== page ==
So! I’ve read through Leviticus and I’ve quite a bit to say but not before thanking those who’ve been reading along. It’s early days but there’s been some fantastic interactions. I’m grateful to those who have responded; helped answer some of my questions; those who have tagged the blogs and shared with others; those who have sent FB messages, tweeted and texted their support. I was pleasantly surprised to see such interest not in my writing, but in the calls to curiosity and understanding of one of (if not the) biggest books that has challenged the human mind and soul throughout the ages.
Last night I wrote on Exodus. I could write another blog on this book alone and no doubt one day will. But through this morning I pondered on last nights thoughts and came up with more: I often wondered why God hardened Pharaoh’s heart? I’d imagine Pharaoh would’ve been stubborn of his own accord thus allowing him to discover the power of God and the need to free the Israelites of his own volition would’ve been a huge time saver and for many, a life saver?
And to the present; Leviticus! Finished reading it this afternoon. Dare I day it, but I did struggle to focus on some elements in the middle. I guess it’s because I struggled to see how the words spoke to me. Having said that, they were directed to the Israelites and more specifically, those just led out of Egypt. But if it’s in the bible, it must hold some relevance to our zeitgeist?
Overall, the words are rich, insinuate the awe that is God whilst scarcely reminding me of just how angry he was/is/was/is. Throughout the book, there seemed to be a lot of demand for blood namely through animal sacrifice. I struggle to understand why God demanded the sacrifice of his own creations and what point that would’ve been proven by taking away life?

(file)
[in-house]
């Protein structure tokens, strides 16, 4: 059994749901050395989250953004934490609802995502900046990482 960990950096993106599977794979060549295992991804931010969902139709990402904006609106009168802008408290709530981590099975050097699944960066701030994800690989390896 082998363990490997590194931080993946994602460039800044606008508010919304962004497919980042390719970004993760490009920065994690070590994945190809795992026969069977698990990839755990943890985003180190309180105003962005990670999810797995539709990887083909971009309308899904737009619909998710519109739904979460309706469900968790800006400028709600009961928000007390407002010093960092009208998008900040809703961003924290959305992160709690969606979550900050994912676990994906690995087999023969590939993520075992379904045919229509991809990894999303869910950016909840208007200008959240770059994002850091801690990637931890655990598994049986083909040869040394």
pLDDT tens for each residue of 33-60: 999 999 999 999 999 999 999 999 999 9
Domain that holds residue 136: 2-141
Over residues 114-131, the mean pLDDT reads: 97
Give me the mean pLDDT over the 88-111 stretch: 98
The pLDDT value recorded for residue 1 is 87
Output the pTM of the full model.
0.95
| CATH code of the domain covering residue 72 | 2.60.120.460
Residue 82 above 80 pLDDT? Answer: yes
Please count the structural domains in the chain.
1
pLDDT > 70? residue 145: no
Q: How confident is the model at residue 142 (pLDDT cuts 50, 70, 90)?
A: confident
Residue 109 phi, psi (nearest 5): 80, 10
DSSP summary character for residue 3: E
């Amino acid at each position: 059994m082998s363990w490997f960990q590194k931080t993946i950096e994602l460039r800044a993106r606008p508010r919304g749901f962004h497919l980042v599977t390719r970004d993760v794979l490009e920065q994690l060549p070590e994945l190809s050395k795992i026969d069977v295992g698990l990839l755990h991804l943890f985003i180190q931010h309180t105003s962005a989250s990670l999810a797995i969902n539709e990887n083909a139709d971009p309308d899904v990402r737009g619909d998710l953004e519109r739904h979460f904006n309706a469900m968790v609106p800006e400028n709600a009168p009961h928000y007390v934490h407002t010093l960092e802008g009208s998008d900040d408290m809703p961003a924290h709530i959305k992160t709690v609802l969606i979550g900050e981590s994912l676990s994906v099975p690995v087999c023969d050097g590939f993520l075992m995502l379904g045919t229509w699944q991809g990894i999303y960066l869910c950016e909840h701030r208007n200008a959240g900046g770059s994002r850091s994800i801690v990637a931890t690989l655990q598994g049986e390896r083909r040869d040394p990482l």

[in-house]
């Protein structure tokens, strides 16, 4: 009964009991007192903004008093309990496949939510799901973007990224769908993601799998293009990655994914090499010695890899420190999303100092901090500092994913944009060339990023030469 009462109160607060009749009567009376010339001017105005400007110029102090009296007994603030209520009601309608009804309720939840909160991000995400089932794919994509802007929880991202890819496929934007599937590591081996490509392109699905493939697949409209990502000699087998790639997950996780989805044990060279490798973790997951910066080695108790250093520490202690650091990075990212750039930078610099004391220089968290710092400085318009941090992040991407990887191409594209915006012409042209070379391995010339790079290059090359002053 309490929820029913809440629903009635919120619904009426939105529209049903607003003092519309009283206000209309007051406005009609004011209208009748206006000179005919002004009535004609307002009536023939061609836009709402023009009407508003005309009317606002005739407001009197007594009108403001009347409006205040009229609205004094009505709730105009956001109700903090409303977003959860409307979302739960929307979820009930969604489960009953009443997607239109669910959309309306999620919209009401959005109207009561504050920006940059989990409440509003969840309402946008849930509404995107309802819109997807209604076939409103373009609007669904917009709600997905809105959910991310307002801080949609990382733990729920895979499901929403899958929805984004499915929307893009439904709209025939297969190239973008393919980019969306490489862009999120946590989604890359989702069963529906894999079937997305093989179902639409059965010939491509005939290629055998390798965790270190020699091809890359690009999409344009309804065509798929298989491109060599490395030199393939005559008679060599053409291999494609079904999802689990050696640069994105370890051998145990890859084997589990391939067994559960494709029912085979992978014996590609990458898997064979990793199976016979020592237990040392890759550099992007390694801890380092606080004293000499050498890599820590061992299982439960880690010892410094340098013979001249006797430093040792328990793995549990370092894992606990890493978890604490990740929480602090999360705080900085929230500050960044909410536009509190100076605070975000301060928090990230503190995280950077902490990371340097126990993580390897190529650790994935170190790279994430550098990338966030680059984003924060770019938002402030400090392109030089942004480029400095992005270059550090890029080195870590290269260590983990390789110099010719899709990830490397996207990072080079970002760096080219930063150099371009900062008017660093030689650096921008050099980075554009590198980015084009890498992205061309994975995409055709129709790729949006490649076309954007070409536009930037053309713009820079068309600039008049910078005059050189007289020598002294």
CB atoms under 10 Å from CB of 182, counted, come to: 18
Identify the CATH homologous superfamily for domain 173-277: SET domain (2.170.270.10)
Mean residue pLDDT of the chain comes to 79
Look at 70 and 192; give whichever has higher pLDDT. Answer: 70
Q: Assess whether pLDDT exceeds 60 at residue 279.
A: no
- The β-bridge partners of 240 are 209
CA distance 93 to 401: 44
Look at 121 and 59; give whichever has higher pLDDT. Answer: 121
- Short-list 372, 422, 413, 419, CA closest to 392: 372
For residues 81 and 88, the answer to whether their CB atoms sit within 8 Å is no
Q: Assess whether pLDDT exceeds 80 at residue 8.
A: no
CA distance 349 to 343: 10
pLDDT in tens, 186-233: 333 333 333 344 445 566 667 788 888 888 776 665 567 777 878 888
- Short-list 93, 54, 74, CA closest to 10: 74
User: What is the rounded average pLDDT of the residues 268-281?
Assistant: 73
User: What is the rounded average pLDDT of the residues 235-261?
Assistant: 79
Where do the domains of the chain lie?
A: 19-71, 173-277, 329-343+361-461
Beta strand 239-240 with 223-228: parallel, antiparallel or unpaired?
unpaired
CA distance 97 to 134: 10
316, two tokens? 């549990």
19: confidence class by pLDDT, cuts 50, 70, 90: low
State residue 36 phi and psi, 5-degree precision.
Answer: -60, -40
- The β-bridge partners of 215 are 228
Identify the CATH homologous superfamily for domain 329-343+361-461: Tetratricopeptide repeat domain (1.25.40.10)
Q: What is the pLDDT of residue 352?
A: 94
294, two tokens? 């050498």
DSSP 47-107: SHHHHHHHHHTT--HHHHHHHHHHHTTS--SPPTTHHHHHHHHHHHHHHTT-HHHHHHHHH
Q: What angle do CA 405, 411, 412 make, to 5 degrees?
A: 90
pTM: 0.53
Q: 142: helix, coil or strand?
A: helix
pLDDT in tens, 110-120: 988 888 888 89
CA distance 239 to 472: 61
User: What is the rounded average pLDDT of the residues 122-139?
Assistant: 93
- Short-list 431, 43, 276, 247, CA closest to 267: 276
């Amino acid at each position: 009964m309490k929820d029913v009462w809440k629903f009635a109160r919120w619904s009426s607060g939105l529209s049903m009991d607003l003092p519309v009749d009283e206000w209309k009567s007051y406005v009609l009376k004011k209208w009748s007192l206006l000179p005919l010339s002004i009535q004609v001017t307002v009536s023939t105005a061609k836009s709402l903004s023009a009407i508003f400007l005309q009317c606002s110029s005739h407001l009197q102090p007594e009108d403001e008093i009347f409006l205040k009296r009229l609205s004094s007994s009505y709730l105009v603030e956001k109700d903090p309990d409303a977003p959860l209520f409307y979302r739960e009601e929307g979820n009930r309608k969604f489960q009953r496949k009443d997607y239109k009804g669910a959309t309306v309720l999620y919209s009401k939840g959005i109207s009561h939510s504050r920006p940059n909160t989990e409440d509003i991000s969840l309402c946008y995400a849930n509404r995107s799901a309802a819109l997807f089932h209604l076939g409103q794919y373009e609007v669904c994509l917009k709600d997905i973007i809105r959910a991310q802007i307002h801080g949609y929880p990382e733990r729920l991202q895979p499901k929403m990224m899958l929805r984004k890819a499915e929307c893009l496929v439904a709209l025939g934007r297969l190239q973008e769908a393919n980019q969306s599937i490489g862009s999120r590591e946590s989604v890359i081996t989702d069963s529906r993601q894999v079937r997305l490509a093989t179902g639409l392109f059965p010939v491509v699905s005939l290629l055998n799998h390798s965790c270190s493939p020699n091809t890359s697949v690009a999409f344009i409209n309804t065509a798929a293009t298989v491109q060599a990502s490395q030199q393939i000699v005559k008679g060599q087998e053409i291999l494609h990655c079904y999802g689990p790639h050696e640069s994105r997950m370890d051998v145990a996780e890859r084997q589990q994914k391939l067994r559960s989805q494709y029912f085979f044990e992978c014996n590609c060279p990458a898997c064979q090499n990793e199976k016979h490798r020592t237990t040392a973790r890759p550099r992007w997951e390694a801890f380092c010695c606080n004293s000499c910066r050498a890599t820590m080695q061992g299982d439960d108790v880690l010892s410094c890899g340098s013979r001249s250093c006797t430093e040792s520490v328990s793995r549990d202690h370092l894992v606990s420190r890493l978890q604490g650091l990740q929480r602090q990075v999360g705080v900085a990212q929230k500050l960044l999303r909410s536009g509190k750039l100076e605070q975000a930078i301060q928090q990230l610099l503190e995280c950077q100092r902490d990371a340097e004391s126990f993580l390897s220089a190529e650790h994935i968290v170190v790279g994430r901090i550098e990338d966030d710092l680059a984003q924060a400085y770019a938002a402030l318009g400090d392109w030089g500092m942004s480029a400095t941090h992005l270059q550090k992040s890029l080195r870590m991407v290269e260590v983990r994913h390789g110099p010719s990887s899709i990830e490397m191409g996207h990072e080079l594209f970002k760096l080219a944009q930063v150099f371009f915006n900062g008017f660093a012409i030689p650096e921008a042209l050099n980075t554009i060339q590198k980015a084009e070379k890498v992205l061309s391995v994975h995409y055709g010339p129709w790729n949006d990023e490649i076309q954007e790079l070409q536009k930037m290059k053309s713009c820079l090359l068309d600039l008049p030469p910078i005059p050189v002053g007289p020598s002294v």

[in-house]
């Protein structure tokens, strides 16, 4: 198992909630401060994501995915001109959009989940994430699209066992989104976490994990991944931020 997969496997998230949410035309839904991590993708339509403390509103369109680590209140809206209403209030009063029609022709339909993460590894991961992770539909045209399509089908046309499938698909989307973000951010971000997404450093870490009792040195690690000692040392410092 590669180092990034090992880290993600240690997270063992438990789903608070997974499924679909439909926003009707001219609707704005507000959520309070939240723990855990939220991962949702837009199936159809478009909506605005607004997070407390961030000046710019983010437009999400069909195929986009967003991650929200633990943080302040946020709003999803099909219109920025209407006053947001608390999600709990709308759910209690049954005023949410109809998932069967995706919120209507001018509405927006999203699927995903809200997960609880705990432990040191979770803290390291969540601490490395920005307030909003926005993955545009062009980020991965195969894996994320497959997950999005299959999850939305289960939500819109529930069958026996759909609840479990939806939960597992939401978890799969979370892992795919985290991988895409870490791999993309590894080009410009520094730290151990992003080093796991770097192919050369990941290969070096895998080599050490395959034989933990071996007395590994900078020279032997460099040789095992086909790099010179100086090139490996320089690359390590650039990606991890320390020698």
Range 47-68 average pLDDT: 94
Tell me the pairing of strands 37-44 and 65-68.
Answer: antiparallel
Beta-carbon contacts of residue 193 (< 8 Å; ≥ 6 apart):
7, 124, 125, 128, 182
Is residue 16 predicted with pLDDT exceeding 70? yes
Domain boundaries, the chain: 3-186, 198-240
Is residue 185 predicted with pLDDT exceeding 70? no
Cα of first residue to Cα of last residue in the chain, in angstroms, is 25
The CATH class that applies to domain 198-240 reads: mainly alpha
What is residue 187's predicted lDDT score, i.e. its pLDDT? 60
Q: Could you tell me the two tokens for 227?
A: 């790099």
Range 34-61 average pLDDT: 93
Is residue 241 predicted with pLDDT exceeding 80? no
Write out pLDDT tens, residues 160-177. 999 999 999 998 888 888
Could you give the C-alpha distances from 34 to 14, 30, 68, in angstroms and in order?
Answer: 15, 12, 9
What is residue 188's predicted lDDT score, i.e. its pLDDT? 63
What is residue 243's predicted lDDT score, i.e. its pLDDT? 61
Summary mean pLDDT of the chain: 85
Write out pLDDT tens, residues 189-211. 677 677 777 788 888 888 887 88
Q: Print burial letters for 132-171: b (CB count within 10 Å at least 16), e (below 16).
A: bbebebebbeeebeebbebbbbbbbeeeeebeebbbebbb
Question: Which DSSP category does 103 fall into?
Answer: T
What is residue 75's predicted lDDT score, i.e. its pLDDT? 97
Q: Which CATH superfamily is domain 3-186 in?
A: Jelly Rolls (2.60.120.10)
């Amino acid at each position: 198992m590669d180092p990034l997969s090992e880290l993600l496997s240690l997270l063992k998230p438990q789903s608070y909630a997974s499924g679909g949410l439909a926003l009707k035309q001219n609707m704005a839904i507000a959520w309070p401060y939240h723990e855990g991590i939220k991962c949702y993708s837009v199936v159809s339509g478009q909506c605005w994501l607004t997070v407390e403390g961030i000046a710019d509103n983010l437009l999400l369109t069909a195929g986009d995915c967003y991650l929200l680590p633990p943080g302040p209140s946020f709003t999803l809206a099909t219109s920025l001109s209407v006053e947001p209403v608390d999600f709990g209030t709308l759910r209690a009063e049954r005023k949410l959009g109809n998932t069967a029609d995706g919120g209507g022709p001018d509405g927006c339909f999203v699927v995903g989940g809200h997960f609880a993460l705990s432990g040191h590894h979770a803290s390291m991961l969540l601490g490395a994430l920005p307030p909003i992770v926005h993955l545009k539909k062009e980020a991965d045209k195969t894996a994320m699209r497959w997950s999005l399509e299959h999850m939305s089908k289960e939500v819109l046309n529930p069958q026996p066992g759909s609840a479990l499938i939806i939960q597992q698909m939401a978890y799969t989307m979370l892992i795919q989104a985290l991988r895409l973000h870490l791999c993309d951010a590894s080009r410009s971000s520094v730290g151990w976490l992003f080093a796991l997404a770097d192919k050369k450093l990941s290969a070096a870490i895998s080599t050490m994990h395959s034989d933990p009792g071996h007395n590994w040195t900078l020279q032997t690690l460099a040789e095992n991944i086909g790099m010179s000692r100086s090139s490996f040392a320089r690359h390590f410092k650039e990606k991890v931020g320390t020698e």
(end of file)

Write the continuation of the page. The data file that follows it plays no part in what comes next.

I guess my own little modern bubble has caused me to over-value animals;humanising them to the point where my heart sank upon thinking of how many animals would’ve been sacrificed.
On a lighter note (for want of a better phrase), many of the laws in the book were completely self explanatory and ones I could comply with no problem, i.e, laws against incest, consuming animal blood (never cared for the idea of black pudding), etc.
This led me to think about previous conversations I’ve had with those who go to what I call ‘feel good factor’ churches; where the prosperity message is RINSED, we learn that God loves everyone and nothing more and where one struggles to discern between a rock concert and their worship service!
Well, I’m often told in these instances that: “… we are no longer bound by the old laws but by grace and our works are irrelevant and Jesus paid it all…Coffee?”
After reading Leviticus and the Gospels I’ve found that Jesus did not come to dismiss the law but to fulfil it and with that in mind, isn’t a lot of what is written still applicable? And if not why not? And if so, which bits?
Not every single law in Leviticus was explored in detail through the Gospel (and i imagine that was not an accident). My experience of church, namely denominational differences is that people have either skipped the old laws to be completely reliant on grace and comfortable with making minimal changes in the hope that all sins were paid on the cross by default or have overlooked grace and clung to the old laws, leaving no relationship. Just religion.
I’m open to going to any church as a visitor but for a while I’ve been struggling to find where I can become a member. I’ve vowed to never label myself as ‘part of a denimonation’ but if I do become a Christian, I’ll be one who believes the bible. Full stop.
Sorry, this blog is not as wrapped up as the others, but my thoughts at this stage are inconclusive. However, what I can say is I hope to come to a point where I fully understand the differences between law and grace (because surprisingly, not many people do) and I hope I find a church which reflects that. I’m grateful for Leviticus opening my eyes to this at least. But there is more to be done…